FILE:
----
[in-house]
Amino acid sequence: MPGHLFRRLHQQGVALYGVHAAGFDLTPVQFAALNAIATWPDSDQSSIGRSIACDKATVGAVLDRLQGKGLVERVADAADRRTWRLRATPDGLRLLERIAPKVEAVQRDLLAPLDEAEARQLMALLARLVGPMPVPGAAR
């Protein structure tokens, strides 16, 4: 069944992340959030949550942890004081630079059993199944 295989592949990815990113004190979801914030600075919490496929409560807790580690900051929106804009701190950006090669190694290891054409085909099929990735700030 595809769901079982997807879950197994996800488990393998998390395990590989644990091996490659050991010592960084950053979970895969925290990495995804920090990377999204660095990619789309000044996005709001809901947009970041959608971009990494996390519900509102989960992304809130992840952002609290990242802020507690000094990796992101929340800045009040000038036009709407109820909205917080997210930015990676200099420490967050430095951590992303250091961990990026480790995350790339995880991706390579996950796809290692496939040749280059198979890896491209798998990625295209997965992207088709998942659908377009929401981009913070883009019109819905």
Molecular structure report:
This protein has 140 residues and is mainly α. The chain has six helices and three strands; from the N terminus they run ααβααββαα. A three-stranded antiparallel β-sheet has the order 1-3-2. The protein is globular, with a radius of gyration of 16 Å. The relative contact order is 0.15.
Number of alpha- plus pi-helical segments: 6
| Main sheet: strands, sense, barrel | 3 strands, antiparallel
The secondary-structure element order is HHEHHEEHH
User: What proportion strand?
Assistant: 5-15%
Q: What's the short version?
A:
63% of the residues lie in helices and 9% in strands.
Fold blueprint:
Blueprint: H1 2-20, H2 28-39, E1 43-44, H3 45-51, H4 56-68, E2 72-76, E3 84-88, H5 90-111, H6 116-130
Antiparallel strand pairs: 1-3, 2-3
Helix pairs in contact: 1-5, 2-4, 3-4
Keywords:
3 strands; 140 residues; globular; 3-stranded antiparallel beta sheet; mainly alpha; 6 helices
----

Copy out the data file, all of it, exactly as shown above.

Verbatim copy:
[in-house]
Amino acid sequence: MPGHLFRRLHQQGVALYGVHAAGFDLTPVQFAALNAIATWPDSDQSSIGRSIACDKATVGAVLDRLQGKGLVERVADAADRRTWRLRATPDGLRLLERIAPKVEAVQRDLLAPLDEAEARQLMALLARLVGPMPVPGAAR
């Protein structure tokens, strides 16, 4: 069944992340959030949550942890004081630079059993199944 295989592949990815990113004190979801914030600075919490496929409560807790580690900051929106804009701190950006090669190694290891054409085909099929990735700030 595809769901079982997807879950197994996800488990393998998390395990590989644990091996490659050991010592960084950053979970895969925290990495995804920090990377999204660095990619789309000044996005709001809901947009970041959608971009990494996390519900509102989960992304809130992840952002609290990242802020507690000094990796992101929340800045009040000038036009709407109820909205917080997210930015990676200099420490967050430095951590992303250091961990990026480790995350790339995880991706390579996950796809290692496939040749280059198979890896491209798998990625295209997965992207088709998942659908377009929401981009913070883009019109819905």
Molecular structure report:
This protein has 140 residues and is mainly α. The chain has six helices and three strands; from the N terminus they run ααβααββαα. A three-stranded antiparallel β-sheet has the order 1-3-2. The protein is globular, with a radius of gyration of 16 Å. The relative contact order is 0.15.
Number of alpha- plus pi-helical segments: 6
| Main sheet: strands, sense, barrel | 3 strands, antiparallel
The secondary-structure element order is HHEHHEEHH
User: What proportion strand?
Assistant: 5-15%
Q: What's the short version?
A:
63% of the residues lie in helices and 9% in strands.
Fold blueprint:
Blueprint: H1 2-20, H2 28-39, E1 43-44, H3 45-51, H4 56-68, E2 72-76, E3 84-88, H5 90-111, H6 116-130
Antiparallel strand pairs: 1-3, 2-3
Helix pairs in contact: 1-5, 2-4, 3-4
Keywords:
3 strands; 140 residues; globular; 3-stranded antiparallel beta sheet; mainly alpha; 6 helices